There are three ways a non-spouse beneficiary can handle the proceeds of an inherited IRA. One is the life-expectancy method, and the stretch strategy described here is a strategic use of that method to make inherited IRA assets last as long as possible by taking RMDs. Another is the five-year rule, which requires the account’s new owner to distribute 100 percent of the balance by December 31 of the fifth year after the IRA owner’s death. The third is to take all the money at once.
Inherited IRAs have RMDs, even Roths, which don’t require RMDs while the original owner is alive. The good news: Since John Jr. has inherited a Roth that his father was contributing to for more than five years before his death, those RMDs will be tax-free income to him because his father already paid taxes on the contributions. When a non-spouse beneficiary like John Jr. inherits a Roth IRA, he calculates RMDs as if his father passed away before the required beginning date (RBD) for taking RMDs, even though there was no RBD.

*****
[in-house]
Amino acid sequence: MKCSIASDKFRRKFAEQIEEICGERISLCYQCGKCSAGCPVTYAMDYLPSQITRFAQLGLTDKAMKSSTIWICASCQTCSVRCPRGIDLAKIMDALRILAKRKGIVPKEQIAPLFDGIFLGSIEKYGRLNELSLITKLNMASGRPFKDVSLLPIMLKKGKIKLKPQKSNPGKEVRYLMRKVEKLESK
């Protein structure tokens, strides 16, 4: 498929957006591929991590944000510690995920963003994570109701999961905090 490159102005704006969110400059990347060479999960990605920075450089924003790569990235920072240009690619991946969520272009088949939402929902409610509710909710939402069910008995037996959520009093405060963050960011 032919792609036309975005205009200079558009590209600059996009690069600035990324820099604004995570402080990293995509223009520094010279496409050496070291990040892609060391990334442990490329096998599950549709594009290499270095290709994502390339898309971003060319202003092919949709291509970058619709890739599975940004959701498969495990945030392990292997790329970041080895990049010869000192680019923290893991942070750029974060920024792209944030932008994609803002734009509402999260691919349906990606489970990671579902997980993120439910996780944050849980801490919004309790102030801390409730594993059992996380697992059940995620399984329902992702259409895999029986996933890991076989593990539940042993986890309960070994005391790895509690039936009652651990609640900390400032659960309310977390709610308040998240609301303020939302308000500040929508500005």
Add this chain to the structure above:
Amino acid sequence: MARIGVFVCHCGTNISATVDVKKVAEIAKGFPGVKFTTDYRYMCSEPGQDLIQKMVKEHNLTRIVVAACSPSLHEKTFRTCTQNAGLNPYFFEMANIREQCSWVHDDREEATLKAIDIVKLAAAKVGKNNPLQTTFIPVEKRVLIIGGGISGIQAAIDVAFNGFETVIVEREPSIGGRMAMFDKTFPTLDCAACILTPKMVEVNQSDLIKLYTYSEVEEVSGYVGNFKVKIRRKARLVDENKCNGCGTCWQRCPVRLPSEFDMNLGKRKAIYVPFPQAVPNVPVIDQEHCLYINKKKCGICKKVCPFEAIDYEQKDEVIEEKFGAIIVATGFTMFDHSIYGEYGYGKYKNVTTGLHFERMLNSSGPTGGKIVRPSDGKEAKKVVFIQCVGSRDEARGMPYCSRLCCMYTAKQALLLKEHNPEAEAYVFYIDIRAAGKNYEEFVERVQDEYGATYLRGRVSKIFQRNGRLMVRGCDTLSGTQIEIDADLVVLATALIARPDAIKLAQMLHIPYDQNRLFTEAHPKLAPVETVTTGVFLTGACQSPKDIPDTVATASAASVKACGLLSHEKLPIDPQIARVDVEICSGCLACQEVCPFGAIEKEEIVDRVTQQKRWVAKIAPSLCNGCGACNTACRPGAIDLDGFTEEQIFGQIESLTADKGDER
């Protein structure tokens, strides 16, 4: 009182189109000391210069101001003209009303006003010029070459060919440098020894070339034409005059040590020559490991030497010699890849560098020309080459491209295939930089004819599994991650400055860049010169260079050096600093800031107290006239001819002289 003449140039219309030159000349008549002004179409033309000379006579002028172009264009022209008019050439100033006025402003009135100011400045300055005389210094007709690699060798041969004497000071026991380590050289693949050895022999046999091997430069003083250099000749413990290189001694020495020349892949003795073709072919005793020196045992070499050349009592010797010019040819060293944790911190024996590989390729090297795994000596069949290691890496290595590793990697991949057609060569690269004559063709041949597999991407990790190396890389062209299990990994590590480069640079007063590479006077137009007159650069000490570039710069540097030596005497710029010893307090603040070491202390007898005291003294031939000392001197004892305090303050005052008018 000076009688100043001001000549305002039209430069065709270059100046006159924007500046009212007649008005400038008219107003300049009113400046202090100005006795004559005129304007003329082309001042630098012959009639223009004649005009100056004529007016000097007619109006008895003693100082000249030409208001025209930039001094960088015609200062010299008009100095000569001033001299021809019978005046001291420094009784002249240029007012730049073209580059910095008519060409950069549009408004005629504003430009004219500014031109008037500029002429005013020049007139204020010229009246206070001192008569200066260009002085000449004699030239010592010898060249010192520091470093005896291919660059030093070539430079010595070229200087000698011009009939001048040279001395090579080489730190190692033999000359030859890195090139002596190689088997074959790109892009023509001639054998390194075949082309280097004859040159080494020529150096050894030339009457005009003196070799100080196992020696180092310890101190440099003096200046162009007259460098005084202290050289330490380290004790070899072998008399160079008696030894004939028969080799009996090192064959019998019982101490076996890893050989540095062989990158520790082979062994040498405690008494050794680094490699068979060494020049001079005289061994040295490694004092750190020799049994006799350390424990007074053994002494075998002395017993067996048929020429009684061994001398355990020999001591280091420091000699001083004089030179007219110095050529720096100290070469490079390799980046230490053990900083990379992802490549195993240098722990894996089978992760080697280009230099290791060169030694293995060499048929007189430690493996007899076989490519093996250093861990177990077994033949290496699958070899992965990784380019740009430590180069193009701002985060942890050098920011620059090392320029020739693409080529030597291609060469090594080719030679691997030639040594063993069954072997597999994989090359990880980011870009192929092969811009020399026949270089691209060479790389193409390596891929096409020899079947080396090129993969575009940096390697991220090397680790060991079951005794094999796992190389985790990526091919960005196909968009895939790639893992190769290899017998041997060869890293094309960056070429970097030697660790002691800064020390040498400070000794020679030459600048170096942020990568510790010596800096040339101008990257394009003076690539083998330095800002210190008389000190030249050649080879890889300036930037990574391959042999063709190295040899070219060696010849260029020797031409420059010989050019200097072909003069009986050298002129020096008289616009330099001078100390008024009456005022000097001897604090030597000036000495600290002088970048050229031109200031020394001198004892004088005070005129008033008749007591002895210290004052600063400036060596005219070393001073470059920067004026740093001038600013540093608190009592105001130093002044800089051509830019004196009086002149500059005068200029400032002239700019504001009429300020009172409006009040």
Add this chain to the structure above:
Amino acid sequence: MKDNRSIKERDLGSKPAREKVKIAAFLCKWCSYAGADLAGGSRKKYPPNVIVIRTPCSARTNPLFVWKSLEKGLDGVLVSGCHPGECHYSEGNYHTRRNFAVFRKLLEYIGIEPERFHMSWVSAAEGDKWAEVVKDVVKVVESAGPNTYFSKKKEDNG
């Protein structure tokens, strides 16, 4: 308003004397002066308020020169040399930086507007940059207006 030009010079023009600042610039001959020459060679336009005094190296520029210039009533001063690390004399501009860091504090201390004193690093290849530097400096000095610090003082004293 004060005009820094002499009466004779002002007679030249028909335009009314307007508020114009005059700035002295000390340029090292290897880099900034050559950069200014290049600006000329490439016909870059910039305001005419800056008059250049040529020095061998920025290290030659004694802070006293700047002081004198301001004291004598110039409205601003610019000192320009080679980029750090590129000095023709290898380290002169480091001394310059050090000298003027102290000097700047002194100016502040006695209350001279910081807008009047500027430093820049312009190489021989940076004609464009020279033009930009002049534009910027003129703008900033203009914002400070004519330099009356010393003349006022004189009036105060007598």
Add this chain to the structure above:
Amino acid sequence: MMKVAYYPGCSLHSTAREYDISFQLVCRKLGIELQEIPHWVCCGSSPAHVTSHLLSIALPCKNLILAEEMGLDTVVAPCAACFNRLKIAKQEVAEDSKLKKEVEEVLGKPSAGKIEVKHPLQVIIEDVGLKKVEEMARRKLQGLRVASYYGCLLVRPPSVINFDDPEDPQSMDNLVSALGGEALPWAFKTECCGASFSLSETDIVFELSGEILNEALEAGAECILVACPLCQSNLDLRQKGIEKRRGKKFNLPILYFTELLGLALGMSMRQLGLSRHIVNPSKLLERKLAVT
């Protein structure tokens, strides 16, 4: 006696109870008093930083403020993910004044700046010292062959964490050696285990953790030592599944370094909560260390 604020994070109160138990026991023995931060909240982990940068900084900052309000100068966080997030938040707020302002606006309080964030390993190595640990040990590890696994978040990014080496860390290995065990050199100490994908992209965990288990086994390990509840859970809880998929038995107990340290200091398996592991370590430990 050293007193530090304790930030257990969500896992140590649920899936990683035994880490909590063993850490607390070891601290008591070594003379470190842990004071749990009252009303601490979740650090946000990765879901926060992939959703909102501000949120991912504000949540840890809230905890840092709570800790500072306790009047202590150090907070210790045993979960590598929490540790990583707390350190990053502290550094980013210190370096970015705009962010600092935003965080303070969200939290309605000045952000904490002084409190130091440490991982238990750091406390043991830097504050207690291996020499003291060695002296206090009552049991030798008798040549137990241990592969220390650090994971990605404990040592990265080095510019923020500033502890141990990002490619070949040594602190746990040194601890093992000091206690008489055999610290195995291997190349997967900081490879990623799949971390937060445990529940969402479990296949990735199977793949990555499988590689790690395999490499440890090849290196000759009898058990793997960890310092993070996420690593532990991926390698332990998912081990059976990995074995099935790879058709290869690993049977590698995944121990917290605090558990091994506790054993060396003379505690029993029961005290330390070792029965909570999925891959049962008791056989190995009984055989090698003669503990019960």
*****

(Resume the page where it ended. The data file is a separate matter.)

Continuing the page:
So John Jr.’s next step in using the stretch IRA strategy is to take an RMD for the year his father died, 2017. This RMD can’t be included in the transfer to John Jr.’s inherited IRA, per IRS rules. Beneficiaries have to take RMDs of a certain percentage of the account balance based on their age and life expectancy using the IRS’s Uniform Lifetime Table III. John Jr. calculates the first RMD based on his father’s age of 85; his distribution divisor is 14.8, making his RMD $216,216 for 2017 ($3.2 million divided by 14.8).
Continuing Down the Stretch
In subsequent years, John Jr. will calculate RMDs based on a different distribution divisor, 28.7, based on his own age, 56. His 2018 RMD will be $110,654, which is calculated by dividing the account’s new balance, including any investment gain or loss, by 28.7. Using a stretch IRA calculator, John Jr. projects that the account balance will be exhausted after a distribution of $540,944 in 2046. He will have stretched his father’s Roth IRA assets out for nearly 30 years after his father’s death. John would be proud.
As the account’s new owner, John Jr. must be sure to name primary and contingent beneficiaries of his own. If he dies before the account balance is exhausted in 29 years, he wants his son to reap the same benefits he did. So he names John III, his son, as the primary beneficiary and his sister-in-law’s son as the contingent beneficiary. If John Jr. dies before the IRA is depleted, his son can repeat the same process to stretch the IRA even further.
If John Jr. needs more money than he’s required to take out in a particular year, he can increase his withdrawal above the required minimum. His account balance will run out faster as a consequence. It will also become less likely that the IRA will stretch to a third generation.